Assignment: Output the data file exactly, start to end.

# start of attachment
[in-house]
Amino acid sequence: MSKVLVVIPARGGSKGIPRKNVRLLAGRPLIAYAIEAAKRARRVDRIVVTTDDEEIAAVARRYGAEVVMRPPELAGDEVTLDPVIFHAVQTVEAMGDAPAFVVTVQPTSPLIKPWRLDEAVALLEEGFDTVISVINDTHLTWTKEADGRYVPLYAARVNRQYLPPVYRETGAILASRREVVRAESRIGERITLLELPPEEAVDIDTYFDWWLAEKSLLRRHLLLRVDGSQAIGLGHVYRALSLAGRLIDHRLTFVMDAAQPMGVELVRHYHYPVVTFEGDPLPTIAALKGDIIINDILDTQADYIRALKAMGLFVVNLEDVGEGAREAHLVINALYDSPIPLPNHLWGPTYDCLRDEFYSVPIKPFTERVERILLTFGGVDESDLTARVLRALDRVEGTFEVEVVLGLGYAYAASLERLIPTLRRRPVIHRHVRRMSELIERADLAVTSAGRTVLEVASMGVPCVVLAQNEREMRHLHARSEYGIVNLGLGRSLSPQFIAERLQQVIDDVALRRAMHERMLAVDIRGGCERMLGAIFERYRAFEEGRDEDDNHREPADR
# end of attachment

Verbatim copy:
[in-house]
Amino acid sequence: MSKVLVVIPARGGSKGIPRKNVRLLAGRPLIAYAIEAAKRARRVDRIVVTTDDEEIAAVARRYGAEVVMRPPELAGDEVTLDPVIFHAVQTVEAMGDAPAFVVTVQPTSPLIKPWRLDEAVALLEEGFDTVISVINDTHLTWTKEADGRYVPLYAARVNRQYLPPVYRETGAILASRREVVRAESRIGERITLLELPPEEAVDIDTYFDWWLAEKSLLRRHLLLRVDGSQAIGLGHVYRALSLAGRLIDHRLTFVMDAAQPMGVELVRHYHYPVVTFEGDPLPTIAALKGDIIINDILDTQADYIRALKAMGLFVVNLEDVGEGAREAHLVINALYDSPIPLPNHLWGPTYDCLRDEFYSVPIKPFTERVERILLTFGGVDESDLTARVLRALDRVEGTFEVEVVLGLGYAYAASLERLIPTLRRRPVIHRHVRRMSELIERADLAVTSAGRTVLEVASMGVPCVVLAQNEREMRHLHARSEYGIVNLGLGRSLSPQFIAERLQQVIDDVALRRAMHERMLAVDIRGGCERMLGAIFERYRAFEEGRDEDDNHREPADR